• Research Supplements to Promote Diversity in Health-Related Research for Individuals in Postdoctoral Training — This postdoctoral research supplement program enables principal investigators with eligible NHLBI research grants/contracts to include postdoctoral individuals from underrepresented racial and ethnic groups and individuals with disabilities in their projects.

New Junior Faculty Investigators:

  • Mentored Career Award for Faculty at Institutions That Promote Diversity (K01)— This program provides research support to faculty members at an eligible institution with an institutional mission focused on serving minority and other health disparity populations or with federal recognition of the same who can conduct high quality research in the areas of cardiovascular, pulmonary, hematologic, or sleep disorders.
  • Mentored Career Development Award to Promote Faculty Diversity/Re-Entry in Biomedical Research (K01) — This program invites applications to increase the number of highly trained investigators, from diverse backgrounds underrepresented in research areas of interest to the NHLBI or from those individuals who wish to re-enter their research careers (e.g., after a hiatus due to family circumstances).
  • Research Supplements to Promote Diversity in Health-Related Research for Junior Faculty Investigators — This program enables principal investigators with eligible NHLBI research grants/contracts to include recently appointed junior faculty (within 24 months) from underrepresented racial and ethnic groups andindividuals with disabilities on their research projects.

Established Researchers:

  • Research Supplements to Promote Diversity in Health-Related Research: Established Researchers Who Become Disabled — This supplement program enables principal investigators with eligible NHLBI research grants/contracts who become disabled to obtain additional support to permit completion of the currently funded research project.

What is the role of NHLBI in supporting trainees? For example, we note that the NHLBI does not offer individual predoctoral NRSA fellowships except for diversity/minorities.

The NHLBI supports training and career development programs in its mission areas for individuals at all educational levels, from high school students to faculty. The Institute collaborates with the scientific community and professional organizations to ensure that its programs meet the needs of young scientists from diverse backgrounds. Institute programs include institutional and individual research training awards and fellowships; diversity supplements to provide mentored experiences with established research scientists; the Pathway to Independence Program, which allows recipients to bridge the gap between a career development award and a research award; and career development programs designed for clinical research. Detailed information about the Institute’s support for Research Training and Career Development can be found in the NHLBI Fact Book at http://www.nhlbi.nih.gov/about/factbook/chapter13.htm.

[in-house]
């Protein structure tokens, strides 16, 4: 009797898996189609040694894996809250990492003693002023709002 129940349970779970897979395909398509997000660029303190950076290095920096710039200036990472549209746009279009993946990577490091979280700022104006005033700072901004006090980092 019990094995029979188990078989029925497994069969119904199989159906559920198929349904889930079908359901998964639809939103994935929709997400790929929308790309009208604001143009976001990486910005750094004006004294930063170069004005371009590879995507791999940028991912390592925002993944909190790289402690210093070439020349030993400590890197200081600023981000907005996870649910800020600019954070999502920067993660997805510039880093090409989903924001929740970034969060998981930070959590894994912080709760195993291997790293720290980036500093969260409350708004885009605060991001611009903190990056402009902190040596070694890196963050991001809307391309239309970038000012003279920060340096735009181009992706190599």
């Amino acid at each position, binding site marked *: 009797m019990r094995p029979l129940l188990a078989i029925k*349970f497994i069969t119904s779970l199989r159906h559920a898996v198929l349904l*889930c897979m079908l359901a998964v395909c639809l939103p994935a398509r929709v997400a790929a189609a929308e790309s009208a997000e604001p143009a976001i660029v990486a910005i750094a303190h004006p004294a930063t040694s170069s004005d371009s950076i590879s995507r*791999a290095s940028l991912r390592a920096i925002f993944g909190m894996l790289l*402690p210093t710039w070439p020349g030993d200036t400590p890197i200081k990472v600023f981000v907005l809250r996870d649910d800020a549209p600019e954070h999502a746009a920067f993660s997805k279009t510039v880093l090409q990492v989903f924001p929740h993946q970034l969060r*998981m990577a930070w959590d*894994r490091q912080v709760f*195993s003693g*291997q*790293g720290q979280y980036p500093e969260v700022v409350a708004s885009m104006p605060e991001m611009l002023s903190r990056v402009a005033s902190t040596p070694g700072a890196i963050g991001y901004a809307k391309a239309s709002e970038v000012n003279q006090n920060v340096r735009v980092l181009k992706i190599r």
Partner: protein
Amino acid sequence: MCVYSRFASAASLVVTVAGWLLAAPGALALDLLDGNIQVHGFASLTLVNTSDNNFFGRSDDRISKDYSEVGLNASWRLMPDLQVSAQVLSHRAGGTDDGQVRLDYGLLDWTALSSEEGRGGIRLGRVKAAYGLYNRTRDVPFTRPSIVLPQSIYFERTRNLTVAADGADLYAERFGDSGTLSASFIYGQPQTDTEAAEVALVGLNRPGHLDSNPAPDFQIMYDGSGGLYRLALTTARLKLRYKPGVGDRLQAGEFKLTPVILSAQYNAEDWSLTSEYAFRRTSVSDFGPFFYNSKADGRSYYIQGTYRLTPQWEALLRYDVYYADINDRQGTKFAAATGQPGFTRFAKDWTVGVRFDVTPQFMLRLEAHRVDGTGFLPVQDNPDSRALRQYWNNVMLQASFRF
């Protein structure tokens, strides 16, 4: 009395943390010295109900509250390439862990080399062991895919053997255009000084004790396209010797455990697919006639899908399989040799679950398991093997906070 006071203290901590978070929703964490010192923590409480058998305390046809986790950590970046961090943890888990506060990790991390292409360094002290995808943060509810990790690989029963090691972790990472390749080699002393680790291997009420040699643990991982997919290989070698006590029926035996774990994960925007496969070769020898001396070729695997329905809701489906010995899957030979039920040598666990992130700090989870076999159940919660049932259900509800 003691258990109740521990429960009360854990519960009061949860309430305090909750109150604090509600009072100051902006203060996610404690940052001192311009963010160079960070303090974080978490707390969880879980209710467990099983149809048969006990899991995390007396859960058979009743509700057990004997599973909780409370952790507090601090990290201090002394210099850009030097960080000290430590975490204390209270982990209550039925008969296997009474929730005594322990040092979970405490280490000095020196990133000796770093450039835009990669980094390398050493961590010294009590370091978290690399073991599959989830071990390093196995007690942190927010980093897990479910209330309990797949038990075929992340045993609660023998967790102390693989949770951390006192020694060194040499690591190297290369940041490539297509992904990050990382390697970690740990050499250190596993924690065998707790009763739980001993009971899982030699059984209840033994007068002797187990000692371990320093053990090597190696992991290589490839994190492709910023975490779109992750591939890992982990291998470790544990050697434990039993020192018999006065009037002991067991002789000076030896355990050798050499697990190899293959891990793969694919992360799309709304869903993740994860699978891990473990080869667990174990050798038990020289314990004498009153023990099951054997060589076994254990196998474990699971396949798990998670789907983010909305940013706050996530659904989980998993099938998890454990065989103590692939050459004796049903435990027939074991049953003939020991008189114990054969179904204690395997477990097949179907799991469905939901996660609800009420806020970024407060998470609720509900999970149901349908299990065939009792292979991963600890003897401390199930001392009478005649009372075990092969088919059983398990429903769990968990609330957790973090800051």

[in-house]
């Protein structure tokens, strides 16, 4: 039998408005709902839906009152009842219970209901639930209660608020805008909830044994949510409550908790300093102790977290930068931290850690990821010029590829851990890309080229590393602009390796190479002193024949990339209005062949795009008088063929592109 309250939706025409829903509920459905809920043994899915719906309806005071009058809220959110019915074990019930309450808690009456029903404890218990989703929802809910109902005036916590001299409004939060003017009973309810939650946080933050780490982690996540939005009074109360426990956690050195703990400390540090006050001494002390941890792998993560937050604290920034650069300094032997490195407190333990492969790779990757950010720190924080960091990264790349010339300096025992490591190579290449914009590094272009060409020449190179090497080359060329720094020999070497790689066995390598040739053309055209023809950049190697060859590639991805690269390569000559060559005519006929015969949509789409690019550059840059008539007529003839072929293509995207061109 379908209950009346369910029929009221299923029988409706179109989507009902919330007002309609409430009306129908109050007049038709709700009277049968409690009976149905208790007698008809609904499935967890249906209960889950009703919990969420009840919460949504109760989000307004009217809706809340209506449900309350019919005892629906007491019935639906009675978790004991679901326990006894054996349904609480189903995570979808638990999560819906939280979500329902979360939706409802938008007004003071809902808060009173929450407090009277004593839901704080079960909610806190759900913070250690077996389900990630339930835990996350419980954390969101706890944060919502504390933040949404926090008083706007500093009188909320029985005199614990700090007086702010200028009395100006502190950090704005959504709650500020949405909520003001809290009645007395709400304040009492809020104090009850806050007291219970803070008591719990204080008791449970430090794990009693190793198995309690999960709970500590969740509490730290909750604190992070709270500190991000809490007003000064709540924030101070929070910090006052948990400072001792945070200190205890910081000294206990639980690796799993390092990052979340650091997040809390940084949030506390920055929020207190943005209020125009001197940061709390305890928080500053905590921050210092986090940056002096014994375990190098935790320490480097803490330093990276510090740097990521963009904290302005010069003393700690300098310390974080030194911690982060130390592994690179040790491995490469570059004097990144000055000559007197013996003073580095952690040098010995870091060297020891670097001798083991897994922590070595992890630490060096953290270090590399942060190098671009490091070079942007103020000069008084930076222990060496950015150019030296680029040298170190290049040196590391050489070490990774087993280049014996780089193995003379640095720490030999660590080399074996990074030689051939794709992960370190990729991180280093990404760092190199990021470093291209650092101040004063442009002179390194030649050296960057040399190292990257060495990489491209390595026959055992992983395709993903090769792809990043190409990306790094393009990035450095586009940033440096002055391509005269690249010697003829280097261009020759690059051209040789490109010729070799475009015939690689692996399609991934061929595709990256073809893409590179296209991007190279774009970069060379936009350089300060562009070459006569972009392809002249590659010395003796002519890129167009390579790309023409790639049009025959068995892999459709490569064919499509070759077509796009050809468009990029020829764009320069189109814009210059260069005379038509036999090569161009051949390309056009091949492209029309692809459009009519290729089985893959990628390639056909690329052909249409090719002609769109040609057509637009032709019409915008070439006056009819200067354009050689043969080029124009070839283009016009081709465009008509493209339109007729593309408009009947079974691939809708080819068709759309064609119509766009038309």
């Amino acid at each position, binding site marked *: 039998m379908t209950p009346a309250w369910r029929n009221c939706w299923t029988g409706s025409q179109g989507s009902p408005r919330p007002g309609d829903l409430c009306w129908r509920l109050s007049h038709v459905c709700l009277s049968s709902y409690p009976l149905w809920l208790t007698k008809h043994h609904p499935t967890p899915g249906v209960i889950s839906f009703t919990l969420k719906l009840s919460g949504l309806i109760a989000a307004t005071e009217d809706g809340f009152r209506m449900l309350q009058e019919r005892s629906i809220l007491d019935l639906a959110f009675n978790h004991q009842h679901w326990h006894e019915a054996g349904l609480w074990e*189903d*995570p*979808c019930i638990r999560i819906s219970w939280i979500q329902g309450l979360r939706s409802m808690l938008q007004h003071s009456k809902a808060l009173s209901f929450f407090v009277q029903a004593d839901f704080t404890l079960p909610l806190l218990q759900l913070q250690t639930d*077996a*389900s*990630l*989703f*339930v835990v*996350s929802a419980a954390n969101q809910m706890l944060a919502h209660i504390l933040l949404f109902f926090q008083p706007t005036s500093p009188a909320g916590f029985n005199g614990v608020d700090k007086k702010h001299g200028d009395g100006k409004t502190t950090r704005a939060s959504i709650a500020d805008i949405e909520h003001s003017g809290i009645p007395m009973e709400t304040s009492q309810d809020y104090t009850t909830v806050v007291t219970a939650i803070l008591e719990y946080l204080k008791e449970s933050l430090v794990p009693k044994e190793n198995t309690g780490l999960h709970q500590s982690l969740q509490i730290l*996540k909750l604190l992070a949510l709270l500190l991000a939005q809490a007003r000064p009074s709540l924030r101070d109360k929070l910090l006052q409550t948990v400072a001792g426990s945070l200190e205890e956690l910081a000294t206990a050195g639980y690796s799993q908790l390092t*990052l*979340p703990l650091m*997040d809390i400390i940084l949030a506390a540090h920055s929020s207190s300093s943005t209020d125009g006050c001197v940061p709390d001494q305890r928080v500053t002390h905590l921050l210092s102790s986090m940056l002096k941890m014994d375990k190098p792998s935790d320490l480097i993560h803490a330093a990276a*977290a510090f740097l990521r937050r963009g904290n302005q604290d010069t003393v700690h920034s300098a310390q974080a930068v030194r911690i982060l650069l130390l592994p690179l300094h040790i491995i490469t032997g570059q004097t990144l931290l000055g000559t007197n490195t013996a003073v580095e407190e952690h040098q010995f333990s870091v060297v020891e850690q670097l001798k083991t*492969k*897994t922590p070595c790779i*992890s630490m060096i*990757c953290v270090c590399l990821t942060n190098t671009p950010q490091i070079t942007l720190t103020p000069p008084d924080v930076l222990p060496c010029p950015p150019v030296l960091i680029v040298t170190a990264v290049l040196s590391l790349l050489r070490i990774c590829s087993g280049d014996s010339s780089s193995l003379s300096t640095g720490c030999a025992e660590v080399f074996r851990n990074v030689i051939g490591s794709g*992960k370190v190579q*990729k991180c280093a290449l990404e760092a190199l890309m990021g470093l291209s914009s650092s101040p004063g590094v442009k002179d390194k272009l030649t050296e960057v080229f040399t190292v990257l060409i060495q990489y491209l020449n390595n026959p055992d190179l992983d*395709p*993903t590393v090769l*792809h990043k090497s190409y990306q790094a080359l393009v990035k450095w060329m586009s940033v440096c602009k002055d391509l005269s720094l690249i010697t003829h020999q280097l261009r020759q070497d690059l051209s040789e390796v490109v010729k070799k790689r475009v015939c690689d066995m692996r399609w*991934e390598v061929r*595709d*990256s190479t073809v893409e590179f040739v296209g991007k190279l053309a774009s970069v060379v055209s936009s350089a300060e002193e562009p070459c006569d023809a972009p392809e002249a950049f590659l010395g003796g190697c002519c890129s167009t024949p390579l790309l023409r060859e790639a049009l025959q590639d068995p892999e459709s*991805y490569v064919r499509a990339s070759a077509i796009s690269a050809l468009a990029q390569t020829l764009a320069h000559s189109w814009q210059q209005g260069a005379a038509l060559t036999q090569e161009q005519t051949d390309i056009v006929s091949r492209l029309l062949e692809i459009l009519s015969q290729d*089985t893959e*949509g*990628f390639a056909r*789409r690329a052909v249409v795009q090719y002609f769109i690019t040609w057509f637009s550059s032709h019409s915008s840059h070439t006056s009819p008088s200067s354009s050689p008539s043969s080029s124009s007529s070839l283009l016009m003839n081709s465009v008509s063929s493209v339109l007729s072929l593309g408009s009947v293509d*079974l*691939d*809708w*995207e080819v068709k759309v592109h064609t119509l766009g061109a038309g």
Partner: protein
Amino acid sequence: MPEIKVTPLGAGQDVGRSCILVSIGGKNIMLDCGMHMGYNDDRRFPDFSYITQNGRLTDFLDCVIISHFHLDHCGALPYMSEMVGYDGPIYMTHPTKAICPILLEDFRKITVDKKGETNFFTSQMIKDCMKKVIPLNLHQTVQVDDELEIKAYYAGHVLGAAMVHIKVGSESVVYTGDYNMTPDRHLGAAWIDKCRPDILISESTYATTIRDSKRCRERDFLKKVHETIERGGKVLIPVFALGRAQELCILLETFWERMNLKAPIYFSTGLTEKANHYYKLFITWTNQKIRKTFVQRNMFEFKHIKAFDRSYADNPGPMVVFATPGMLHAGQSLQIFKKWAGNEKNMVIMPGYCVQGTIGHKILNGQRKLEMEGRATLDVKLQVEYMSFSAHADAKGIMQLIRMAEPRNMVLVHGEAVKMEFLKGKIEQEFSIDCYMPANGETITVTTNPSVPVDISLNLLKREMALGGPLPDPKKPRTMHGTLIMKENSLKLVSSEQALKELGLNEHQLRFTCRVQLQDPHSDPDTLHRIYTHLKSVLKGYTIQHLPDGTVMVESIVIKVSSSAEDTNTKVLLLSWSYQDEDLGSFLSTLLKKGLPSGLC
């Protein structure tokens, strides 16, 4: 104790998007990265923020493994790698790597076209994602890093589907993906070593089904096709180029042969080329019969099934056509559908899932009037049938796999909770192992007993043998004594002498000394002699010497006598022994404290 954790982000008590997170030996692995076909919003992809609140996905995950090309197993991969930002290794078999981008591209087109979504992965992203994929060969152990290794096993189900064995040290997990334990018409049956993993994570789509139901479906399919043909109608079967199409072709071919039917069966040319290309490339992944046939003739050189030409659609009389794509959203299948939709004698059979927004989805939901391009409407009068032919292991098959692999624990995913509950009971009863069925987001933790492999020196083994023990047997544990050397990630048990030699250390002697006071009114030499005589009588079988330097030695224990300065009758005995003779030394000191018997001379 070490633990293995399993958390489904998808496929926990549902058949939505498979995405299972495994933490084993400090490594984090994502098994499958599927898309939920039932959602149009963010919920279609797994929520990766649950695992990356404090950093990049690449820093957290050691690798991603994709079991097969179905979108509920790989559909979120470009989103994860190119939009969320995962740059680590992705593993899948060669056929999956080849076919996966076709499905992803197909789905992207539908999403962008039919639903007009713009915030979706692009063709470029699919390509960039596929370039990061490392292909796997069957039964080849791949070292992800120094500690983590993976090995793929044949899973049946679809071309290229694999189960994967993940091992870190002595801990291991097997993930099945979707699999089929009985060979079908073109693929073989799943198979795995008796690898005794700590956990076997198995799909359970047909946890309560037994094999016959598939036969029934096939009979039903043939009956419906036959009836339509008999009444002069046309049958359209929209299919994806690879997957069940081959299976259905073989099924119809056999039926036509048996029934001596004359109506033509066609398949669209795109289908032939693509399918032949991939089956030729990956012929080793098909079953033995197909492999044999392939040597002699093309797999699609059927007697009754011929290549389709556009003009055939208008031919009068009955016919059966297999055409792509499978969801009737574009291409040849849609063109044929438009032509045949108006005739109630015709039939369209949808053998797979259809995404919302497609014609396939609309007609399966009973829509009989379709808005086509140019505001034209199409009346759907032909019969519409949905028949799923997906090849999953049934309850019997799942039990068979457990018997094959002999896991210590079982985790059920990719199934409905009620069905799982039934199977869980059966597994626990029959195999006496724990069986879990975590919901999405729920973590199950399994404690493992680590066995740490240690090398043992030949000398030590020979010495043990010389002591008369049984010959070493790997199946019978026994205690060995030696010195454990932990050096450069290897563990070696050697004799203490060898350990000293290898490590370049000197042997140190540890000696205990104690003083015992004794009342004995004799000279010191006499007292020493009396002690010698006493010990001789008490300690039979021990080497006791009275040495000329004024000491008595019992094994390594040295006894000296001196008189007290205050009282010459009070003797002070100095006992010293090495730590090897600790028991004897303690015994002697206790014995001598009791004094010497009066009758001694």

Currently, the NHLBI supports two NRSA predoctoral programs as identified above: the Individual Predoctoral Fellowships to Promote Diversity in Health-Related Research (Parent F31- Diversity) and the NHLBI Individual Predoctoral MD/PhD Fellows (F30). Predoctoral students are also supported on NRSA institutional programs and research grants. Participation in additional predoctoral programs at this time could limit future flexibility and innovation for training programs, making it harder to design new programs to address unmet needs in training (e.g., diversity, clinician scientists). The NHLBI uses a broad array of individual and institutional mechanisms to address the training needs for the future research workforce.

NHLBI T32 Grant Slot Policy to Enhance Research Workforce Diversity - Once all of its awarded predoctoral and/or postdoctoral training positions are filled, including adequate representation of individuals from diverse backgrounds, institutional NRSA training grants funded by the NHLBI may request an administrative increase to support training of an additional trainee from an underrepresented racial/ethnic group, a trainee with a disability, and/or an individual from a disadvantaged background.

Partnerships with other NIH ICs:

  • Minority Biomedical Research Support - Research Enhancement Award (SC1) - In collaboration with the NIGMS, the SCORE Program supports individual investigator-initiated research projects to enable development of researchers at minority-serving institutions to a stage where they can transition successfully to other extramural support.
  • Minority Biomedical Research Support - Pilot Project Award (SC2) - In collaboration with the NIGMS, the SCORE Program fosters the development of faculty at diversity promoting institutions who are either investigators at the beginning of a research career and interested in testing new ideas or generating preliminary data or more experienced investigators and interested in switching to a different field of research.